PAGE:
Editor's Note
The U.S. Department of Agriculture (USDA) announced it has approved the first set of plans submitted by states and Indian tribes for the domestic production of hemp under the U.S. Domestic Hemp Production Program. To produce hemp, growers must be licensed or authorized under a state, tribe, or USDA production program. The plans were submitted by the states of Louisiana, New Jersey, and Ohio, and the Flandreau Santee Sioux, Santa Rosa Cahuilla, and La Jolla Band of Luiseno Indian Tribes. State and tribal plans provide details on practices and procedures that enable hemp producers in their jurisdictions to operate according to their individual plans and in compliance with federal laws.
December 27, 2019
United States Department of Agriculture

The U.S. Department of Agriculture (USDA) has approved the first set of plans submitted by states and Indian tribes for the domestic production of hemp under the U.S. Domestic Hemp Production Program. The plans were submitted by the states of Louisiana, New Jersey, and Ohio, and the Flandreau Santee Sioux, Santa Rosa Cahuilla, and La Jolla Band of Luiseno Indian Tribes.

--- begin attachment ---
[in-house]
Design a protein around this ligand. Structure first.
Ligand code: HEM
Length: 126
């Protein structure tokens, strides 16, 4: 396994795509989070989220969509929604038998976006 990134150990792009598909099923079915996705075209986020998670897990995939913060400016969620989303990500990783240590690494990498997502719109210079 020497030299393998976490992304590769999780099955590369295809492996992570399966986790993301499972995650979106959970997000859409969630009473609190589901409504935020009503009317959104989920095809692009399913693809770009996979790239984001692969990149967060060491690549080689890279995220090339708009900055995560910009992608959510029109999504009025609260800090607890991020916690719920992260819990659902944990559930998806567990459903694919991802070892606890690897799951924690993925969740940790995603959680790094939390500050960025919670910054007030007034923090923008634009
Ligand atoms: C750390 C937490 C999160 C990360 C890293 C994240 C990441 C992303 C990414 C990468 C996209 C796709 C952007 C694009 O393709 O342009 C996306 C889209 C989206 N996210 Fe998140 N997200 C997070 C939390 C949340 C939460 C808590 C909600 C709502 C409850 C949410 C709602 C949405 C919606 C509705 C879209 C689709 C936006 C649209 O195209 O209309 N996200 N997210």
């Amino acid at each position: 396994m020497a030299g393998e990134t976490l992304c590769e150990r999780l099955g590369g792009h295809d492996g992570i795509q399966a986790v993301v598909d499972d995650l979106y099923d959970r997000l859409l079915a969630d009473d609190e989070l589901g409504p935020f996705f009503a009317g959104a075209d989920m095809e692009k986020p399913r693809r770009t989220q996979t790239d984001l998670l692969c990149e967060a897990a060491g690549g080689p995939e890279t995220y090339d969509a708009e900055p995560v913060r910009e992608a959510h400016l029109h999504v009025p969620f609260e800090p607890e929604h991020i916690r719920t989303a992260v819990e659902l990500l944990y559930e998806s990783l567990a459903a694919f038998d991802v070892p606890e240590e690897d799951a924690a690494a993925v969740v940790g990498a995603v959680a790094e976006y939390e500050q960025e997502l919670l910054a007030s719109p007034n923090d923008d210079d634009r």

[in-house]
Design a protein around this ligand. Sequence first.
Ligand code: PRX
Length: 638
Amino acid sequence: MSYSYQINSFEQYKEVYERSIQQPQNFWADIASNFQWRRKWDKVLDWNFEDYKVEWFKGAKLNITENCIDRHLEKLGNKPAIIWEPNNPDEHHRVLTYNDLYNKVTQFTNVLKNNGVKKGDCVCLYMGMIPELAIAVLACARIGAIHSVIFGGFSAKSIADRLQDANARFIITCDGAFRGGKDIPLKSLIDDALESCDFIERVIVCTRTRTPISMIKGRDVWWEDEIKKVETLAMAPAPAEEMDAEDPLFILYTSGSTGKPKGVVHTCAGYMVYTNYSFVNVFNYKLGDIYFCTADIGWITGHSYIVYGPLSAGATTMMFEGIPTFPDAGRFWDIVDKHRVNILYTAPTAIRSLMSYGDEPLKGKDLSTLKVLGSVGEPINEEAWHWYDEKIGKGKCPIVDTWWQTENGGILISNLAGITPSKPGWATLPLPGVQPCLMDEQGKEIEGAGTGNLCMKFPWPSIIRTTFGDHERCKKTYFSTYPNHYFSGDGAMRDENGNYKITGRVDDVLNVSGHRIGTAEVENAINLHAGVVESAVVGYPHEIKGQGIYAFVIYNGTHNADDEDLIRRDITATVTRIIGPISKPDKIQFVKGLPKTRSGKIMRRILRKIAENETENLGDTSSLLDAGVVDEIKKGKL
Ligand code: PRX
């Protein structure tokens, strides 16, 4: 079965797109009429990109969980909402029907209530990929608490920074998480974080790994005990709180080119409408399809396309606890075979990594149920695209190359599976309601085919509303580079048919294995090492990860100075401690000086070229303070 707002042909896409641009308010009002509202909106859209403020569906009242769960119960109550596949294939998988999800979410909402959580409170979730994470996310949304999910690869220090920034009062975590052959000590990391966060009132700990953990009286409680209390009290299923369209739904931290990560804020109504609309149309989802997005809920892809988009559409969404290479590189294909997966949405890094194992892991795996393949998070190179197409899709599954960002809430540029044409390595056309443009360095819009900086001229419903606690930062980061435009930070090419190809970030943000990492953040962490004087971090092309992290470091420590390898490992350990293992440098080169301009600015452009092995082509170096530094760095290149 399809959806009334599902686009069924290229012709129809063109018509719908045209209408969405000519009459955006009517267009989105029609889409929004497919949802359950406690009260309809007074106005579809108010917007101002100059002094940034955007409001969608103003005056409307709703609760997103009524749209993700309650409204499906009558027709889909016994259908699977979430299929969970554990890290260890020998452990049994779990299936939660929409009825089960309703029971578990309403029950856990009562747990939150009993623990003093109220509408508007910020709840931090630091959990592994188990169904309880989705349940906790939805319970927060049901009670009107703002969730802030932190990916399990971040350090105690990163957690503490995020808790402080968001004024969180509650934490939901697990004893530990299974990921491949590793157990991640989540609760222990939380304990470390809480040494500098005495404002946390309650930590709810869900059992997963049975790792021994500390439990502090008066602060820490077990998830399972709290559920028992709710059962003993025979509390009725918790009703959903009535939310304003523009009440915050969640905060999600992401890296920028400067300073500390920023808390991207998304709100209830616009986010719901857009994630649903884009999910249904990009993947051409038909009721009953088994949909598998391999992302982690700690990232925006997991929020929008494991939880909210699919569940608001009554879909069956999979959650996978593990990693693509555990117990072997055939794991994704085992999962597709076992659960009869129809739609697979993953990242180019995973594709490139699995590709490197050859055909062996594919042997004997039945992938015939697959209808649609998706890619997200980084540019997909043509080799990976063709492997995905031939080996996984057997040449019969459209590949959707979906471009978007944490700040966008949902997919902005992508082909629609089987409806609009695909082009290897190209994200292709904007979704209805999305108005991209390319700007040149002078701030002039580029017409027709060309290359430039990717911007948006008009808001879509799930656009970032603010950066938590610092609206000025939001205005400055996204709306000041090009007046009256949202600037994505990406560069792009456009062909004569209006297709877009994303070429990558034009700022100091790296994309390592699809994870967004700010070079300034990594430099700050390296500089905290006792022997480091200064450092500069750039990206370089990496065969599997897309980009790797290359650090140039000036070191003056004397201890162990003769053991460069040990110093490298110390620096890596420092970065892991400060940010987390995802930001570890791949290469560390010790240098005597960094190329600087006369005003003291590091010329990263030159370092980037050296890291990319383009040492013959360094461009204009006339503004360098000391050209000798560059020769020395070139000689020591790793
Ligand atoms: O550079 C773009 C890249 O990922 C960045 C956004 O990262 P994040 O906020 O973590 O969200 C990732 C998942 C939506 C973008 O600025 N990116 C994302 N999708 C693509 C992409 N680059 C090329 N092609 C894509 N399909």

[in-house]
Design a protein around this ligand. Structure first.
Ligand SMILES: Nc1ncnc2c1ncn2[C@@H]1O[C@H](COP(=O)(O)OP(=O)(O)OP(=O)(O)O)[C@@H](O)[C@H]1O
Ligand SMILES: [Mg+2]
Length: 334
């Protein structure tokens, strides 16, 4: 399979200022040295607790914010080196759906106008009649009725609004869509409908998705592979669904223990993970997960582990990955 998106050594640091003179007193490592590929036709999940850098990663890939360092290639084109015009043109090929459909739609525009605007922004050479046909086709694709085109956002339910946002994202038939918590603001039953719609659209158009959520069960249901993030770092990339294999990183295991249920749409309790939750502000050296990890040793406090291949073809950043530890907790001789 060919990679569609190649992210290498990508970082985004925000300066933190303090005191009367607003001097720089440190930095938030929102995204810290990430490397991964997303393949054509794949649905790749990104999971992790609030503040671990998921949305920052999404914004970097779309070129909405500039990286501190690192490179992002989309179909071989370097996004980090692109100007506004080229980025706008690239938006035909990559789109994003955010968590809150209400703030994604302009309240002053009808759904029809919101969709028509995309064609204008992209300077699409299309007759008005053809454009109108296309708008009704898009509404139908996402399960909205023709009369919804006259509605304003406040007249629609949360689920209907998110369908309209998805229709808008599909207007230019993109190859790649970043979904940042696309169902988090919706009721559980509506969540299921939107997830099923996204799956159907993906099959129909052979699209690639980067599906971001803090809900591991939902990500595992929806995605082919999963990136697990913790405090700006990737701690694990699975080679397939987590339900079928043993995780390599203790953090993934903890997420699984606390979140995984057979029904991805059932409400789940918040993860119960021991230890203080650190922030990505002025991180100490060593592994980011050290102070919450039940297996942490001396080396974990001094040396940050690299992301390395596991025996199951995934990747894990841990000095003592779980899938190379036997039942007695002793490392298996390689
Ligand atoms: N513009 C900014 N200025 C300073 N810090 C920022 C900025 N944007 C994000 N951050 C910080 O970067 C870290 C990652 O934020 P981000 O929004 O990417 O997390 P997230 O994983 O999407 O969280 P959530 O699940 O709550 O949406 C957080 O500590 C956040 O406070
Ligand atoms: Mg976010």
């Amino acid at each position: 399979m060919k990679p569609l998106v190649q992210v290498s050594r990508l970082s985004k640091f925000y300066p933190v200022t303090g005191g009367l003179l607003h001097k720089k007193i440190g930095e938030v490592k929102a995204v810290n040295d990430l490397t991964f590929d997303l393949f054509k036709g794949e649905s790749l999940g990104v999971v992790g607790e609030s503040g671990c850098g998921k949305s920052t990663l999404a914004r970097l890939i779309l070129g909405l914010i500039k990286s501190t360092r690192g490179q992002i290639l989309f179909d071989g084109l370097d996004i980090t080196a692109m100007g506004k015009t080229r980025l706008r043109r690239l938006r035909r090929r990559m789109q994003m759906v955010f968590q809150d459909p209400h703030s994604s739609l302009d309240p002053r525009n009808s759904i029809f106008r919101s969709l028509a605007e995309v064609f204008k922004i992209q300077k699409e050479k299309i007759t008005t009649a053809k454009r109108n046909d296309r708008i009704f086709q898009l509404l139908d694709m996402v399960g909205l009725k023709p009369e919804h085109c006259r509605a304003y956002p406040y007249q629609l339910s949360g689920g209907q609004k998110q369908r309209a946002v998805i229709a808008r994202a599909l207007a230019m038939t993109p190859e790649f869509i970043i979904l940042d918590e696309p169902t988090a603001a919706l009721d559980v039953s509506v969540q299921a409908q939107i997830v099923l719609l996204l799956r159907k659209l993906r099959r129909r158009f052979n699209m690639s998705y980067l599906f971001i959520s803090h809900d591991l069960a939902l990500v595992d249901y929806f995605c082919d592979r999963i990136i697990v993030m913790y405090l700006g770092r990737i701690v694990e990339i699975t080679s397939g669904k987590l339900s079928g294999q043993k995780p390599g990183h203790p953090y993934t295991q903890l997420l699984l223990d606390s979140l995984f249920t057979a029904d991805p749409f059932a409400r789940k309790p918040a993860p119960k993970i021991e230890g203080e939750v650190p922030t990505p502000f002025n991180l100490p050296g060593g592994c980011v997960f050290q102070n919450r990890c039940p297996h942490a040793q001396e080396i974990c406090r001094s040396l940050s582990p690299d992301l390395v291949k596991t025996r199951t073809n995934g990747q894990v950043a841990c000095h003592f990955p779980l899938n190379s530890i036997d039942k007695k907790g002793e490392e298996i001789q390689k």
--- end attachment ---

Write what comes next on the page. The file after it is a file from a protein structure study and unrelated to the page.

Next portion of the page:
The Agriculture Improvement Act of 2018 (2018 Farm Bill) directed USDA to develop a regulatory oversight program for hemp and include provisions for USDA to approve hemp production plans submitted by states and Indian tribes. Accordingly, on October 31, 2019, USDA issued an  interim final rule  establishing the U.S. Domestic Hemp Production Program and the provisions for USDA to approve submitted plans. State and tribal plans provide details on practices and procedures that enable hemp producers in their jurisdictions to operate according to their individual plans and in compliance with federal laws.

To produce hemp, growers must be licensed or authorized under a state, tribe, or USDA production program. The program a grower is licensed under depends on the location of the hemp growing facility. If a state or tribe has an approved plan or is in the process of developing a plan, growers must apply and be licensed or authorized under its hemp program. If a state or tribe does not have a plan and does not intend to have a plan, growers can apply for a license from USDA.

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